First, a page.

Cost trajectories of low carbon electricity generation technologies in the UK: A study of cost uncertainty
Cost uncertainty has latterly come to be presented in the UK’s Department of Energy and Climate Change (DECC) Levelised Cost of Electricity (LCOE) estimates using sensitivities; ‘high’ and ‘low’ figures are presented alongside ‘central’ estimates. This presentation of uncertainty is limited in its provision of context, and as an overall picture of how costs and uncertainty vary over time. This study aims to address these two shortcomings. Two analyses are performed using reported DECC LCOE estimates for three important electricity generation technologies for the UK; nuclear, offshore wind and coal with carbon capture and storage. The first analysis composes LCOE estimate trajectories from previous years’ DECC estimates and presents them alongside contextual data, including some out-turn costs. The second quantifies the variability presented in the LCOE estimate trajectories for commissioning dates in the decade 2020–2030. Nuclear costs are presented as both the most consistent and lowest in magnitude. An imminently forecast steep fall in the LCOE of offshore wind raises questions about the timing of investment and deployment. In most cases estimate variability decreases over the estimation horizon, strangely suggesting greater levels of certainty for further flung commissioning dates. Further observations and implications for policy stemming from the analyses are discussed.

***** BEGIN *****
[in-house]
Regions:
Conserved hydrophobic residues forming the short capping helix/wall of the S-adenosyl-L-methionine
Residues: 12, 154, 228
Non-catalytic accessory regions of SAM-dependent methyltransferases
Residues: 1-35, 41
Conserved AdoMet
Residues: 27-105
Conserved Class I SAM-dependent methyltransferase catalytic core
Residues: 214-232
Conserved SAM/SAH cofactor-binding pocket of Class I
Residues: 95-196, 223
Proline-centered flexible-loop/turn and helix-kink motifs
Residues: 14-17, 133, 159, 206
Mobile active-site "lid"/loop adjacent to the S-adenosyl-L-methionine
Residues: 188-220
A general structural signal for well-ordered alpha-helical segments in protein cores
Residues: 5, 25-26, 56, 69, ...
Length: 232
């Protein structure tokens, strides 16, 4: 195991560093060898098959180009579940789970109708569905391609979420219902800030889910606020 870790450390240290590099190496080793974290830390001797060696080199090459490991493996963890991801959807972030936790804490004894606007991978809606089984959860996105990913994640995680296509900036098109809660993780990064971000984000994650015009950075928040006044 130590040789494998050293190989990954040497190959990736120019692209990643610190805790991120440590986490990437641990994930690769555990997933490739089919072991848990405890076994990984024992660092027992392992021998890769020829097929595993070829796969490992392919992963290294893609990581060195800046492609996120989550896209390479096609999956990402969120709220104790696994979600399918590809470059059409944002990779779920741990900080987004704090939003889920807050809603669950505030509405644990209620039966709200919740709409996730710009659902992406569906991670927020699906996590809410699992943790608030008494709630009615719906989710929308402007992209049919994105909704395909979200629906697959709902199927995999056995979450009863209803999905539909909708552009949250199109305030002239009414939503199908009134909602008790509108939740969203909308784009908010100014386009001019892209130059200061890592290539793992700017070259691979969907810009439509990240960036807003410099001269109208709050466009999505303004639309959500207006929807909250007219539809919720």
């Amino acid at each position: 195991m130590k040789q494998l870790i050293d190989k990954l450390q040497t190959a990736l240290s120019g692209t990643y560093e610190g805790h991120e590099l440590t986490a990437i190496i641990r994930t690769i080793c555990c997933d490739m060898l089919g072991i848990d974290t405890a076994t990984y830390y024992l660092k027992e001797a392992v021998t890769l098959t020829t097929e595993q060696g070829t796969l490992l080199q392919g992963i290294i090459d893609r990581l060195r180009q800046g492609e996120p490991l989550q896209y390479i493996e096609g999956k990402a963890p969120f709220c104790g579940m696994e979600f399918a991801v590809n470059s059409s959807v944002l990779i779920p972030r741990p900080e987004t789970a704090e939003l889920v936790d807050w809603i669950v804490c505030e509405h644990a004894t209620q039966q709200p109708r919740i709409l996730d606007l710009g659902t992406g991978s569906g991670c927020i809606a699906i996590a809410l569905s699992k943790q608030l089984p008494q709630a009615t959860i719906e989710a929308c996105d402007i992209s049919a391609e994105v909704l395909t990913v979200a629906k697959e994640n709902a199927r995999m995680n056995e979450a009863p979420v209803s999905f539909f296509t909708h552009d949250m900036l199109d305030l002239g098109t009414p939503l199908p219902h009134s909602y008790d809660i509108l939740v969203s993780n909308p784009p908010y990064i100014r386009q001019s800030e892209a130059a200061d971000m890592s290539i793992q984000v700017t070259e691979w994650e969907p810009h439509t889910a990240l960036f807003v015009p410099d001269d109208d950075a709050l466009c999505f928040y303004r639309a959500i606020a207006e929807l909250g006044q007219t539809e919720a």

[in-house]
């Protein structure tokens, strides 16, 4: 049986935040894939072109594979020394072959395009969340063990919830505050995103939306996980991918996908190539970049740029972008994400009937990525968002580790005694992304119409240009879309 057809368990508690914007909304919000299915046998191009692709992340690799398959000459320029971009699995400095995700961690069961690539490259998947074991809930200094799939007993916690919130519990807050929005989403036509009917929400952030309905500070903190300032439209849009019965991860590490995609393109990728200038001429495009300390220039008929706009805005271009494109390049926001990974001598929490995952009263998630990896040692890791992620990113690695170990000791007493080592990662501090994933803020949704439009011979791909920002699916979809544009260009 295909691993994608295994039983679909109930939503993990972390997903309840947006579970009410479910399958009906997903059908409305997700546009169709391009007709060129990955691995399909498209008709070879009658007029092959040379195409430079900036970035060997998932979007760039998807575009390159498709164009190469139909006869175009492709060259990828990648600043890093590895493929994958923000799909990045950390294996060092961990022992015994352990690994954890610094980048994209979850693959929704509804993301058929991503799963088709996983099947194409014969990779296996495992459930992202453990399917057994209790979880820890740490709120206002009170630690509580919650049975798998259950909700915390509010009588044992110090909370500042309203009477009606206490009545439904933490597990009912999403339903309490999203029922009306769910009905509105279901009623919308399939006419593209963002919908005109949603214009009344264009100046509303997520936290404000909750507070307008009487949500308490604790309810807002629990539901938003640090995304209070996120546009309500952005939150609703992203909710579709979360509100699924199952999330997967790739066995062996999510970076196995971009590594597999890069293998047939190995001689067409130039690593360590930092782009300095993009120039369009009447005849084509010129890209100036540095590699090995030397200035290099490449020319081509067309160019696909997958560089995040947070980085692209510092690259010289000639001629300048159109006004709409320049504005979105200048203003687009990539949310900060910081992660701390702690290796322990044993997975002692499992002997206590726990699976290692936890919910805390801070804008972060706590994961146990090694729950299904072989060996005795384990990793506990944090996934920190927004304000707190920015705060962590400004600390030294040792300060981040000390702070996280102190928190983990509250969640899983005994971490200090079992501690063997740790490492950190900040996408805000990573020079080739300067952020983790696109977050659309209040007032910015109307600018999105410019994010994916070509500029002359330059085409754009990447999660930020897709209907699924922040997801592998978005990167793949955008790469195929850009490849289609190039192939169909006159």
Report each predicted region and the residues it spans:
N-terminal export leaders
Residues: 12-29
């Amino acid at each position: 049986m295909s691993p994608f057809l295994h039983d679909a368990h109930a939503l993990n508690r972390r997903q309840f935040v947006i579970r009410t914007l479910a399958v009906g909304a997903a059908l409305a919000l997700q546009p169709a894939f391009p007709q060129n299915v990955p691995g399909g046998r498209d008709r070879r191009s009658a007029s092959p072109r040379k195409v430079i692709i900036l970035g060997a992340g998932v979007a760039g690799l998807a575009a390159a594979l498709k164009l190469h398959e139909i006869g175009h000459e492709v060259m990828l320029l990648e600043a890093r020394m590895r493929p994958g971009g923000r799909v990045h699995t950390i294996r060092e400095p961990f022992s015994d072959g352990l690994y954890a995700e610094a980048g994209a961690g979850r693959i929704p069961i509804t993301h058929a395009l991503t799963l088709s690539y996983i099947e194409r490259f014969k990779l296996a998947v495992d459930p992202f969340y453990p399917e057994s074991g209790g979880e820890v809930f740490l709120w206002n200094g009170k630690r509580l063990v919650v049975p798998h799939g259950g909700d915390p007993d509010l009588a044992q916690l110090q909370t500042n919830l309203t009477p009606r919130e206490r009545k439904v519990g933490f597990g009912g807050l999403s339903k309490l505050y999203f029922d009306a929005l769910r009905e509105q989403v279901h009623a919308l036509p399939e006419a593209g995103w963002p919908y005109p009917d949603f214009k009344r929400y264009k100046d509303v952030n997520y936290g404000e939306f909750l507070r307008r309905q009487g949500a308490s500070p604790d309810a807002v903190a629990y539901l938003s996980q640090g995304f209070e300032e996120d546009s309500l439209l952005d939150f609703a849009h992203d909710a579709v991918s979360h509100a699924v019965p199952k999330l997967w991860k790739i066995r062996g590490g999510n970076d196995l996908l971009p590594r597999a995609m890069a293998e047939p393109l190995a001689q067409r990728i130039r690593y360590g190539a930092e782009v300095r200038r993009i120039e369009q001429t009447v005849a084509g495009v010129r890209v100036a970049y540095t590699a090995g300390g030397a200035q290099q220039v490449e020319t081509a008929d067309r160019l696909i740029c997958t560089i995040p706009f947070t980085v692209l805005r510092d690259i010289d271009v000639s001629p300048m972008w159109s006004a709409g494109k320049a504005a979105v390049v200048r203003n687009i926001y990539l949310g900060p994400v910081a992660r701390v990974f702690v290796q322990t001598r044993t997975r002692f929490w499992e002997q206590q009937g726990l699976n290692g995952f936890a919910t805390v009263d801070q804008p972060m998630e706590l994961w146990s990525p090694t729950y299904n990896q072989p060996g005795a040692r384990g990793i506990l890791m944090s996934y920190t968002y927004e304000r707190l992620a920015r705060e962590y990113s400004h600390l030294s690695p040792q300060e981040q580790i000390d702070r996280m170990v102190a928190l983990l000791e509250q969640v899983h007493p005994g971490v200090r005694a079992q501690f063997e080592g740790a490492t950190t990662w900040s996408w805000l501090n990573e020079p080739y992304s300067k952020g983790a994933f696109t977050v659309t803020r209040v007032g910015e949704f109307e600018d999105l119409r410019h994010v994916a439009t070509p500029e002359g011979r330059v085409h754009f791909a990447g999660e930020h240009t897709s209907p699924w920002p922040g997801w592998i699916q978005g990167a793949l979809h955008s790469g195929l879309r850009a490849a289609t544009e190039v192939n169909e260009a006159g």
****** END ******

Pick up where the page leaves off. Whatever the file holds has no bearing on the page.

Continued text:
Levi, P. G., & Pollitt, M. G. (2015). Cost trajectories of low carbon electricity generation technologies in the UK: A study of cost uncertainty. Energy Policy, 87, 48-59.